• TransUnion. Chicago-based TransUnion, founded in the 1960s, has regional offices in Hong Kong, India, Canada, South Africa, Colombia, the United Kingdom and Brazil and employs more than 10,000 people.

How the credit bureaus collect information about you

All three credit reporting agencies collect the same basic information about consumers. This includes personal data such as name, address, social security number and date of birth. It also includes credit history, including debts, payment history and credit application activities.

Lenders will generally report payments that are at least 30 days late to one or more credit bureaus.

How overdue invoices are recorded

If you are late on a student loan payment, Sallie Mae can report it to a credit bureau. generally when it is 45 days late. Federal loans offer more leeway, allowing 90 days to pass before the loan servicer files a default report.

The Internal Revenue Service (IRS) does not report income tax payments or delinquent taxes to the bureaus. However, if a taxpayer fails to pay their tax debt within a reasonable time, or owes significant back taxes, the IRS may file a federal tax lien (a legal claim against a taxpayer's property) with from the local county clerk's office. A tax lien filing is considered public information and offices can find it through third-party searches.

Not all lenders report their credit activity to each credit reporting agency, so the credit report from one agency may differ from that of another credit reporting agency. Even when lenders report to all three bureaus, their information may appear on credit reports at different times simply because the bureaus compile data on different schedules.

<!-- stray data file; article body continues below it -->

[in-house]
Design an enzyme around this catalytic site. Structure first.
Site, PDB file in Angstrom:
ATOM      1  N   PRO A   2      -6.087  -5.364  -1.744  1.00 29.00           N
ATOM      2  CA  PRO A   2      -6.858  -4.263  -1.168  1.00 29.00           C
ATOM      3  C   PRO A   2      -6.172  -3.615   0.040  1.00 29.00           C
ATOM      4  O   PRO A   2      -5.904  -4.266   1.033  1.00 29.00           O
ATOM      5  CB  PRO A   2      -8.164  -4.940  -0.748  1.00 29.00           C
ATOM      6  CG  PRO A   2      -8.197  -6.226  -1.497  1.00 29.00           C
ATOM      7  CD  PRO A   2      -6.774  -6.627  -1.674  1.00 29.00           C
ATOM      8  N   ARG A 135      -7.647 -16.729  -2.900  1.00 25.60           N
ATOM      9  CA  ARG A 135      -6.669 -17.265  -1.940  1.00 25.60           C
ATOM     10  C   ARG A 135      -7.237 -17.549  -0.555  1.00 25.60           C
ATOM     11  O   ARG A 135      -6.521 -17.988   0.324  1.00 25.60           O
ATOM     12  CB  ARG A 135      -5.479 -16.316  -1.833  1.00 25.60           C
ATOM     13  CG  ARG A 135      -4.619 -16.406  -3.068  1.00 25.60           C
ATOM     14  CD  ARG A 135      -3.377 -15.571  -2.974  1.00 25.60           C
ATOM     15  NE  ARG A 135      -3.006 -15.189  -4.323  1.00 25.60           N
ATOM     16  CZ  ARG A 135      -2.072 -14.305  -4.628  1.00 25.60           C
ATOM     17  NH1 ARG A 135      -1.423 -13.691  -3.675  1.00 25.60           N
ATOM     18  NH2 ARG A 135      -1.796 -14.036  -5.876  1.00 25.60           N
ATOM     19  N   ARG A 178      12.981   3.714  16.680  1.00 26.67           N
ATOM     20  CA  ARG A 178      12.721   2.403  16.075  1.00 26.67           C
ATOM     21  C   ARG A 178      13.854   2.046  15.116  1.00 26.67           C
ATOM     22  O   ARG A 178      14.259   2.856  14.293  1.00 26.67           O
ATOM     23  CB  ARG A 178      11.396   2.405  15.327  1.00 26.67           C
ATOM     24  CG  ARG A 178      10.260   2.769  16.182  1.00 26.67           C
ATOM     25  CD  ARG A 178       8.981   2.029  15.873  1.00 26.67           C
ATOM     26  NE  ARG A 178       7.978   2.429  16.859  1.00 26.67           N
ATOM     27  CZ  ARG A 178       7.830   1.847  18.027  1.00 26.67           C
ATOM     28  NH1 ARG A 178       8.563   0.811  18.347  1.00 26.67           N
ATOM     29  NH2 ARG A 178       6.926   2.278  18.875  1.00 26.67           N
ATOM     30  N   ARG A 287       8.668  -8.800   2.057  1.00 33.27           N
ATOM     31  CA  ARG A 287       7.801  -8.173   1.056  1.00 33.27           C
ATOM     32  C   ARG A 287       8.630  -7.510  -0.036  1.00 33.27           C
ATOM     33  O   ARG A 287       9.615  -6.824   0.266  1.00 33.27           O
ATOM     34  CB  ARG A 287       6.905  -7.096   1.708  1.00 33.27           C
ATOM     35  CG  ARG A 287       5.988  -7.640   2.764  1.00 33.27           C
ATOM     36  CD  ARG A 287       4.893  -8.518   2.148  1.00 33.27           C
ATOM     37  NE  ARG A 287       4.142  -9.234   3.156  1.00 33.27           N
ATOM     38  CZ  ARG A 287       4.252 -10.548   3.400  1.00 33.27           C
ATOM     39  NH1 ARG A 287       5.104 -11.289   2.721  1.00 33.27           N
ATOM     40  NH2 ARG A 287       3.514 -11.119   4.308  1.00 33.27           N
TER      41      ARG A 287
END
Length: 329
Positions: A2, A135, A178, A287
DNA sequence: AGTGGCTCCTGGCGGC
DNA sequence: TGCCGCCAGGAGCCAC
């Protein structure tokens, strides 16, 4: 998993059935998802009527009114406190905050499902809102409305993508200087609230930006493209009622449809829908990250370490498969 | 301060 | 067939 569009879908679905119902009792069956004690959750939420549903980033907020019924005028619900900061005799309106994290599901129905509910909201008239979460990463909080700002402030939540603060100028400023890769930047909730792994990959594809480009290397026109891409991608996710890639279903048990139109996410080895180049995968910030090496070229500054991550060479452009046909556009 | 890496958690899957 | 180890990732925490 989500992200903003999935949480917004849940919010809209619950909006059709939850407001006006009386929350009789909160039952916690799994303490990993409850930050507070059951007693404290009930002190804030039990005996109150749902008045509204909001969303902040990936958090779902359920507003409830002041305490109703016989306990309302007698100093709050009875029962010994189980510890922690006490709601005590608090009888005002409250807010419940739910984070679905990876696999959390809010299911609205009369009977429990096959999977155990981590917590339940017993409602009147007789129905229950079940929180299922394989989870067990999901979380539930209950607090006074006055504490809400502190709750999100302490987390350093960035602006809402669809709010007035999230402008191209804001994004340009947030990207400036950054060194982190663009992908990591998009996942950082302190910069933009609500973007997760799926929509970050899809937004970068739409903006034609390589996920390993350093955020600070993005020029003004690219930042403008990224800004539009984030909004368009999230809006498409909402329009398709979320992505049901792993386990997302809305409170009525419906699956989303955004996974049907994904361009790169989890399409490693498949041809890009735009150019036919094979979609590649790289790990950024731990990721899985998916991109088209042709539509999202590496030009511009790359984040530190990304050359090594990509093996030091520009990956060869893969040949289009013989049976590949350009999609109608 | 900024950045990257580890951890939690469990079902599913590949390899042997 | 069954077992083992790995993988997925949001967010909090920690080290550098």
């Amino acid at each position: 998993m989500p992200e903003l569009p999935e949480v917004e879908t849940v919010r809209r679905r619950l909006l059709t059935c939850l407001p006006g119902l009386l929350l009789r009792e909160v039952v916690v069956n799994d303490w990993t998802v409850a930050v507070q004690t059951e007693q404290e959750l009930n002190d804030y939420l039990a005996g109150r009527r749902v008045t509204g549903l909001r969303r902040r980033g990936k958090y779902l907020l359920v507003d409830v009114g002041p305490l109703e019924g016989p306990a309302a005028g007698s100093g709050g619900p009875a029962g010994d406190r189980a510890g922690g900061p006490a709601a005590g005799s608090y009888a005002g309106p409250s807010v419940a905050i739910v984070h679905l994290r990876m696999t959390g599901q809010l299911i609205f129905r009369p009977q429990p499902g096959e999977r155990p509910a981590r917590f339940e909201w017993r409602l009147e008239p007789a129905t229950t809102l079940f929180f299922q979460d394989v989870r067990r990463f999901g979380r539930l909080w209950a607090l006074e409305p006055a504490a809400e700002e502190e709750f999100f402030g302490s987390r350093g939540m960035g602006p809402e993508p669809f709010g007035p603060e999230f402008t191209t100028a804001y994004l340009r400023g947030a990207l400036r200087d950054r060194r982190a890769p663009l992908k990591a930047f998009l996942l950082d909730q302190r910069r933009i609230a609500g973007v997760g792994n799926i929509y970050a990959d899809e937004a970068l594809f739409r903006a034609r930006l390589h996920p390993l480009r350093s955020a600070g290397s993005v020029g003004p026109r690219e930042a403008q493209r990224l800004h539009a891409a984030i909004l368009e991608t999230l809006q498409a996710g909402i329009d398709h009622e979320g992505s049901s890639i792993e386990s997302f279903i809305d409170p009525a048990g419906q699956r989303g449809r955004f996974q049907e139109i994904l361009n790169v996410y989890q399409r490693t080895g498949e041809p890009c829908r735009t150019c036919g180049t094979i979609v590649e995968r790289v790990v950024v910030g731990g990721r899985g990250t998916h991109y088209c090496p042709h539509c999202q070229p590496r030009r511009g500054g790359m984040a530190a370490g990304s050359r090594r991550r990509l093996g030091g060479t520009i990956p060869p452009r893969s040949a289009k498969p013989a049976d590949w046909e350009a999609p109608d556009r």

You are entitled to free copies of your credit reports from the three major bureaus at least once a year. You can request them on the official website provided for this purpose: Annual Credit Report.com. If you find any errors, you have the right to dispute them and the credit reporting agency is required to investigate.

How Lenders Use Credit Reports

Let's say you apply for a loan, line of credit, or credit card from a bank or other lender. This lender will almost certainly run a credit check, requesting a report on you from at least one of the three major credit bureaus.

Most lenders refer to a single report from a single credit bureau to determine an applicant's creditworthiness. Mortgage companies are one of the exceptions. A mortgage lender reviews reports from all three credit bureaus because of the large amount involved.

All of these credit inquiries are noted on your credit report from the bureau that receives the inquiry. At least in the short term, the application itself can affect your credit score because it reflects your intention to access additional credit.

The information in your credit reports is used to calculate your credit score. The two main credit scoring companies are FICO (formerly Fair Isaac Corp.) and VantageScore. Their scores are calculated based on proprietary models and may differ depending on the type of loan you are applying for.